He ended the war as High Commissioner for Palestine and Transjordan. During a meeting in November 1945 with Field Marshals Brooke and Montgomery Gort collapsed and was flown to London where the diagnosis was cancer. Map of the territory under the British Mandate of Palestine. ... Map of the territory of the British Mandate of Palestine The Emirate of Transjordan was an autonomous political division of the British Mandate of Palestine, created as an administrative entity in April 1921 before the Mandate came into effect. ... 1945 (MCMXLV) was a common year starting on Monday. ... Lord Alanbrooke as shown on his book of memoirs Field Marshal Sir Alan Francis Brooke, 1st Viscount Alanbrooke, KG, GCB, OM, GCVO, DSO (July 23, 1883 - June 17, 1963) was a career soldier, Chief of the Imperial General Staff during the Second World War and promoted Field Marshal in 1944. ... Field Marshal Bernard Law Montgomery, 1st Viscount Montgomery of Alamein, KG, GCB, DSO, PC (17 November 1887 – 24 March 1976) was a British Army officer, often referred to as Monty. He successfully commanded Allied forces at the Battle of El Alamein, a major turning point in World War II, and...


In February 1946, he was created a Viscount in the Peerage of the United Kingdom under the same title as his existing Viscountcy in the Peerage of Ireland. Upon his death on 31 March 1946 without a son, the Irish viscountcy of Gort passed to a cousin and the British creation became extinct. 1946 (MCMXLVI) was a common year starting on Tuesday. ... The Peerage of the United Kingdom comprises most peerages created in the United Kingdom of Great Britain and Ireland after the Act of Union in 1801. ... The Peerage of Ireland the term used for those peers created by British monarchs in their capacity as Lord or King of Ireland. ... March 31 is the 90th day of the year in the Gregorian Calendar (91st in leap years), with 275 days remaining. ... 1946 (MCMXLVI) was a common year starting on Tuesday. ...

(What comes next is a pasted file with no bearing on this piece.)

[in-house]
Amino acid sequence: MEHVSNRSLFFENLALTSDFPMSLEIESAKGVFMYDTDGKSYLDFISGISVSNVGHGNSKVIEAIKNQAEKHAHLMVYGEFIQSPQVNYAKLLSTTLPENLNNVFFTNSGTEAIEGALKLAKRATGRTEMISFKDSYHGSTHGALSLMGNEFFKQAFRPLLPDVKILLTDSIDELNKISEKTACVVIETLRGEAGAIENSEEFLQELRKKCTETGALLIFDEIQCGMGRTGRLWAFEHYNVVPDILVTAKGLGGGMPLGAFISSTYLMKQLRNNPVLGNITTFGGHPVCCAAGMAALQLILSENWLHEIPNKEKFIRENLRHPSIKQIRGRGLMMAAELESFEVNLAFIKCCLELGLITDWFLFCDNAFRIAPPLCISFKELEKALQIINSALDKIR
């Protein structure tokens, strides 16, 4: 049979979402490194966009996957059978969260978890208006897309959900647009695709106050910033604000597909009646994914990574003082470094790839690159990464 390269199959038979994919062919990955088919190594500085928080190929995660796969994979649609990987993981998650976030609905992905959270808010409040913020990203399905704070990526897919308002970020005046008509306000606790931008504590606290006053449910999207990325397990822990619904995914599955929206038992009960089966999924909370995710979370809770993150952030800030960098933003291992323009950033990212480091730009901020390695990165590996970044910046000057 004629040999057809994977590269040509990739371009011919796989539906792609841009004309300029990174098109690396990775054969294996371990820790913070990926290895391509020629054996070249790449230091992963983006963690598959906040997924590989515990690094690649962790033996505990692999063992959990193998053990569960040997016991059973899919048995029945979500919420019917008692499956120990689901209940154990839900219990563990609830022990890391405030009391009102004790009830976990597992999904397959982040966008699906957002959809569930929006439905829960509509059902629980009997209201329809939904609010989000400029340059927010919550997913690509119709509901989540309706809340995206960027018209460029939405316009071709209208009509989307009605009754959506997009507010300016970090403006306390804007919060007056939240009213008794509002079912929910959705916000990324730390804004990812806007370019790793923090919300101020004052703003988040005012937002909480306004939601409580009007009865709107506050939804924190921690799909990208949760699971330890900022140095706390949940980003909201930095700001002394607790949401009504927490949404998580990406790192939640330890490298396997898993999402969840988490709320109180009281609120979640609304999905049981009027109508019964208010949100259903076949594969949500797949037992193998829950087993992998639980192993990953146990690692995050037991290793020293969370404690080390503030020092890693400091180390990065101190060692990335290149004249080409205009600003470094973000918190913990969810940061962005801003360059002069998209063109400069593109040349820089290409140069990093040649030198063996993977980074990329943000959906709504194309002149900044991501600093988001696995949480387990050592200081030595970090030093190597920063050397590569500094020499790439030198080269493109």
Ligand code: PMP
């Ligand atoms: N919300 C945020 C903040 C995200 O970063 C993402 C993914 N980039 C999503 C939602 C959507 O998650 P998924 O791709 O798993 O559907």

He was the father-in-law of Major William Sidney, 1st Viscount De L'Isle VC, and first cousin-once-removed to General Sir Ian Standish Monteith Hamilton. Gort was present when his son-in-law received the VC from Alexander on 3 March 1944 in Italy (the VC ribbon was cut from one of Gort's uniforms). William Philip Sidney, 1st Viscount De LIsle, VC, KG, GCMG, GCVO, PC (23 May 1909–5 April 1991), 15th Governor-General of Australia, was the last British Governor-General. ... Sir Ian Standish Monteith Hamilton (January 16, 1853 - October 12, 1947) was a general in the British Army and is most notably known for commanding the ill-fated Mediterranean Expeditionary Force during the Battle of Gallipoli. ...


References

Monuments To Courage is a book by David Harvey, published in 1999. ... The Register of the Victoria Cross A list of all 1350 Victoria Crosses with details of each recipient ISBN 0906324033 Publisher: Cheltenham: This England Books; 1981 Size: 8vo - over 7 3/4 - 9 3/4 Pagination: 303 + 4. ... VCs of the First World War - The Final Days 1918 (ISBN 0750924853) is a book by Gerald Gliddon which covers the end of the First World War from the perspective of Victoria Cross winners. ... Sir John Colville, CB, CVO, was born 28 January 1915. ... 1972 (MCMLXXII) was a leap year starting on Saturday. ...

External links

  • Location of grave and VC medal (Kent)
Military Offices
Preceded by
Sir Cyril Deverell
Chief of the Imperial General Staff
1937–1939
Succeeded by
Sir Edmund Ironside
Peerage of the United Kingdom
Preceded by
John Gage Prendergast Vereker
Viscount Gort
1946–1946
Succeeded by
Extinct
Peerage of Ireland
Preceded by
John Vereker
Viscount Gort
1902–1946
Succeeded by
Standish Vereker

  Results from FactBites:
 
JOHN VEREKER, 6TH VISCOUNT GORT : Encyclopedia Entry (1097 words)
On the death of King Edward VII in 1910 Lieutenant Gort was in command of the Grenadier NCOs detailed to bear the coffin and attend the catafalque.
Gort was given the post of Inspector of Training and the Home Guard, and with nothing constructive to do visited Iceland, the Orkneys, and the Shetland Islands.
Gort was present when his son-in-law received the VC from Alexander on 3 March 1944 in Italy (the VC ribbon was cut from one of Gort's uniforms).
John Vereker, 6th Viscount Gort - Wikipedia, the free encyclopedia (684 words)
Field Marshal John Standish Surtees Prendergast Vereker, 6th Viscount Gort, VC, GCB, CBE, DSO and 2 Bars, MVO, MC (July 10, 1886 - March 1946) was a British soldier who served in both World War I and II, rising to the rank of Field Marshal and receiving the Victoria Cross.
Gort was made an aide to King George VI in 1940.
He was created a viscount in the Peerage of the United Kingdom under the same title in 1946.
  More results at FactBites »